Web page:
Georgia Senate votes to loosen gun access, limit governor in emergency

In April 2020 Gov. Brian Kemp made public health emergency announcements during outdoor press conferences across from the Capitol. John McCosh/Georgia Recorder

A bill expanding gun right protections in Georgia is heading back to the House after it passed the state Senate Monday with an amendment further limiting the powers of the governor during states of emergency.

When it passed the House last week, the bill had language preventing the governor from blocking gun or ammunition manufacture or sales, suspending or revoking gun licenses, refusing to accept an application or single out gun stores or shooting ranges for closure during a state of emergency. State law already bars a governor from prohibiting possession of firearms or ammunition during emergencies.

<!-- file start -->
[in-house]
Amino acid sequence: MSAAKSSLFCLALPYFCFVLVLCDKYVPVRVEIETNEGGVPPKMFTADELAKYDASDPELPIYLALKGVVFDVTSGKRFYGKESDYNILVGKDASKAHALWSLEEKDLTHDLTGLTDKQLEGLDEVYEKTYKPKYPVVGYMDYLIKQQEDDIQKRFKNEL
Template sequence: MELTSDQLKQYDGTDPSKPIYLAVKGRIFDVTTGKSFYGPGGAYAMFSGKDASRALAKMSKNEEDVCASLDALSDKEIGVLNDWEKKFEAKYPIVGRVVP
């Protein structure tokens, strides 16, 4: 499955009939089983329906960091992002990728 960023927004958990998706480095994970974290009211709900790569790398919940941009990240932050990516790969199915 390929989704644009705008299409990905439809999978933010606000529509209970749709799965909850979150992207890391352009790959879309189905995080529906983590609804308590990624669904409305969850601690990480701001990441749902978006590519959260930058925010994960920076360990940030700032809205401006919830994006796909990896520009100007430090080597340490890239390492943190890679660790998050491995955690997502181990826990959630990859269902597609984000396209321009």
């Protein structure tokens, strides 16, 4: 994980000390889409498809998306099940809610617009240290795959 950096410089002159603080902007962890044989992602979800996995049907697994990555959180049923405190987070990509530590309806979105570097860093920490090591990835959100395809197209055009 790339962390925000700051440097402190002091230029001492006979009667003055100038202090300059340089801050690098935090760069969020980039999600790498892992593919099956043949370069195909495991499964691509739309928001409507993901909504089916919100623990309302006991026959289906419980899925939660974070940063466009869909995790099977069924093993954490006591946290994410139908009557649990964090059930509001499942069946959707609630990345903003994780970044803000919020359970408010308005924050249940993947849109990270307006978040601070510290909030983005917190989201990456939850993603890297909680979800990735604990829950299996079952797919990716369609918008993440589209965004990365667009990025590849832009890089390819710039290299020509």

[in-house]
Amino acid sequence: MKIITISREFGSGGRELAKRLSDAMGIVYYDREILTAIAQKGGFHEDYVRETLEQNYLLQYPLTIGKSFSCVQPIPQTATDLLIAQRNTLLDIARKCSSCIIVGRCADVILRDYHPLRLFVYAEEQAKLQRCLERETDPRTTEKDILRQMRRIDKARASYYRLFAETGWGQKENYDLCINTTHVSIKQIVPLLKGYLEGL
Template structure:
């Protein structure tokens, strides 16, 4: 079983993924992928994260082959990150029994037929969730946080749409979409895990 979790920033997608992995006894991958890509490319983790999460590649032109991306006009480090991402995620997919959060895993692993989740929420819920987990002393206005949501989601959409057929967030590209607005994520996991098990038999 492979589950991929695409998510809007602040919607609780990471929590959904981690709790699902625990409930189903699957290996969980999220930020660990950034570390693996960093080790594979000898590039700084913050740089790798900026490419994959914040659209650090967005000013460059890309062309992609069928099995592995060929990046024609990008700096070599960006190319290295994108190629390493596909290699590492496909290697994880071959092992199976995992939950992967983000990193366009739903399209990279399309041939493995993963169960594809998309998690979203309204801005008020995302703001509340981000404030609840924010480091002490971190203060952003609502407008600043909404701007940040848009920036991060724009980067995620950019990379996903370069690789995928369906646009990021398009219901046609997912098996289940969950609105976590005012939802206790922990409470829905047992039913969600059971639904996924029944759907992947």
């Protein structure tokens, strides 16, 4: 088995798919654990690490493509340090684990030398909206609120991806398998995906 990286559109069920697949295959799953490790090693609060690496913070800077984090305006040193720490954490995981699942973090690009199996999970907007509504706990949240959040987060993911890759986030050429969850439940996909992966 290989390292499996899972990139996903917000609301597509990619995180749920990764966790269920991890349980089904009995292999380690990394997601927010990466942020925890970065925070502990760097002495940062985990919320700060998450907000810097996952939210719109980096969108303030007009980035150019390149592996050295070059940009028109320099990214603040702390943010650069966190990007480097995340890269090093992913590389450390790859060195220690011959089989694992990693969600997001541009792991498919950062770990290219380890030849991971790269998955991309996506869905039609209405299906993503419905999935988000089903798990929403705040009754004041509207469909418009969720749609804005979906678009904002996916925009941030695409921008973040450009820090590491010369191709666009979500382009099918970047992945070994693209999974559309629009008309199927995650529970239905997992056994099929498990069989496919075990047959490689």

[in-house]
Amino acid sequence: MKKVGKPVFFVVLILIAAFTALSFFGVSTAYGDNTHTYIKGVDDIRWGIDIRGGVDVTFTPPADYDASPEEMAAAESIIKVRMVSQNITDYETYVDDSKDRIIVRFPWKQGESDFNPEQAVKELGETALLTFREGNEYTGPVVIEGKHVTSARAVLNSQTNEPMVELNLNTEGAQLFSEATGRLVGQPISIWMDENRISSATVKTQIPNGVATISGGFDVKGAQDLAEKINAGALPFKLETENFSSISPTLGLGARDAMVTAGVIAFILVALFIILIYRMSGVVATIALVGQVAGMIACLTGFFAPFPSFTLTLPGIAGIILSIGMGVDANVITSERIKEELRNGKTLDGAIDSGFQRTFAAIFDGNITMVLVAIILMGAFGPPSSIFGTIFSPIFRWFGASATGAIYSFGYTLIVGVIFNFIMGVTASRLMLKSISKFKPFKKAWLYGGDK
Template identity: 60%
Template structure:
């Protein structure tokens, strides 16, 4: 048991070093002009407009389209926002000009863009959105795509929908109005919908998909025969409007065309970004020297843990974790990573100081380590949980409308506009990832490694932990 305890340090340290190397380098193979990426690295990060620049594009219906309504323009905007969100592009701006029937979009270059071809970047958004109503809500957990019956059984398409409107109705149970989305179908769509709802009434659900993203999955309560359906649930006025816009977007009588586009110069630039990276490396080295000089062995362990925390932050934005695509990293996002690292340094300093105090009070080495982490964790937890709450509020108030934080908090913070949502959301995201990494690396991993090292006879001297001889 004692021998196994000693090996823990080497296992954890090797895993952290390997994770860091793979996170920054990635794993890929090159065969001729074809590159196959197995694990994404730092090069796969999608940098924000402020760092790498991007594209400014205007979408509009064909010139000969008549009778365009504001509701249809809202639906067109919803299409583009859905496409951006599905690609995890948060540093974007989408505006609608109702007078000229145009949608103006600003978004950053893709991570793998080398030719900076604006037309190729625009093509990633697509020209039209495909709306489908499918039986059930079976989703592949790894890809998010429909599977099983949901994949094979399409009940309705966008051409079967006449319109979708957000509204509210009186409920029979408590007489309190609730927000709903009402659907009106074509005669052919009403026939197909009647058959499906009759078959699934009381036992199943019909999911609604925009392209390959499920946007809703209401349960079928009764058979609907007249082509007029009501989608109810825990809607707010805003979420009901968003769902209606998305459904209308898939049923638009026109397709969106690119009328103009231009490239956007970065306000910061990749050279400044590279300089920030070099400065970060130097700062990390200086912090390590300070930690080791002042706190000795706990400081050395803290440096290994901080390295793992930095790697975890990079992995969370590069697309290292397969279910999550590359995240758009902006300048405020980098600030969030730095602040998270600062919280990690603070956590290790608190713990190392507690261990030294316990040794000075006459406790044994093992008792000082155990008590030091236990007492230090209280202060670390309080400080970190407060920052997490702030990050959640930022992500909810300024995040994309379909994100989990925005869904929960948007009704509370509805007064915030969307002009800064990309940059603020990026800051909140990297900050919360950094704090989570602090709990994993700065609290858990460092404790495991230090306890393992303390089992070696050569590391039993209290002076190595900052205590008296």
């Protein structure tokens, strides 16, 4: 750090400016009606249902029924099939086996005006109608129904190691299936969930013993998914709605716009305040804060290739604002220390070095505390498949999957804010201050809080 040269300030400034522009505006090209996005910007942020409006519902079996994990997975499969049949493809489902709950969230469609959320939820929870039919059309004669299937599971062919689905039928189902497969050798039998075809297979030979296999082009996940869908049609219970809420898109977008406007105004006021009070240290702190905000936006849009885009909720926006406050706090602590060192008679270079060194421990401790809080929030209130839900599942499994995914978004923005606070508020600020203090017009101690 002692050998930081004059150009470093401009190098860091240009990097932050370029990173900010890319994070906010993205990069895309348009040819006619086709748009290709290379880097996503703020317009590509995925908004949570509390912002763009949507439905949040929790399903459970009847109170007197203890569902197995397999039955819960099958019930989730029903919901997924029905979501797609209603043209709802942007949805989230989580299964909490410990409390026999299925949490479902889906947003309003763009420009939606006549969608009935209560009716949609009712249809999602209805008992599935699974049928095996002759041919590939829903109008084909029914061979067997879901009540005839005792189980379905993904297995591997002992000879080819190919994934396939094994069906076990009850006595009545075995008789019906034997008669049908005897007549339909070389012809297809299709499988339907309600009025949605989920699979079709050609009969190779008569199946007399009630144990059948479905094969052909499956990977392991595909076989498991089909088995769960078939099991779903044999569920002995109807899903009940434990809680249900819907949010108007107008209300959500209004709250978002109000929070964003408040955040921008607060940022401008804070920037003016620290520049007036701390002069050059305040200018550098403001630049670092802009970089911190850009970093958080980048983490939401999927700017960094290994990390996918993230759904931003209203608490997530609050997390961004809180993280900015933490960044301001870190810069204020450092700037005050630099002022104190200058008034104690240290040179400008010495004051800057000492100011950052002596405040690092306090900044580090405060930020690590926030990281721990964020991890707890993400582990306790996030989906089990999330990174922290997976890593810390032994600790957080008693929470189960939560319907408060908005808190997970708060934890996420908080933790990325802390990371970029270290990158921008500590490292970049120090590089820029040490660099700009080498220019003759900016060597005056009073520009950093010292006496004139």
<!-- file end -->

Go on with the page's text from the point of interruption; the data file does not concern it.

An amendment added by Dallas Republican Sen. Jason Anavitarte contains new language further limiting the governor’s power to limit religious practices or shut down businesses during future health states of emergency.

Last March, state lawmakers granted Gov. Brian Kemp expanded public health emergency powers as the state launched a fight against COVID-19. Gov. Brian Kemp’s April 2 statewide shelter-in-place order banned gatherings of 10 or more people. “This rule applies to church services and funeral services,” the governor’s office said in an FAQ attached to the order.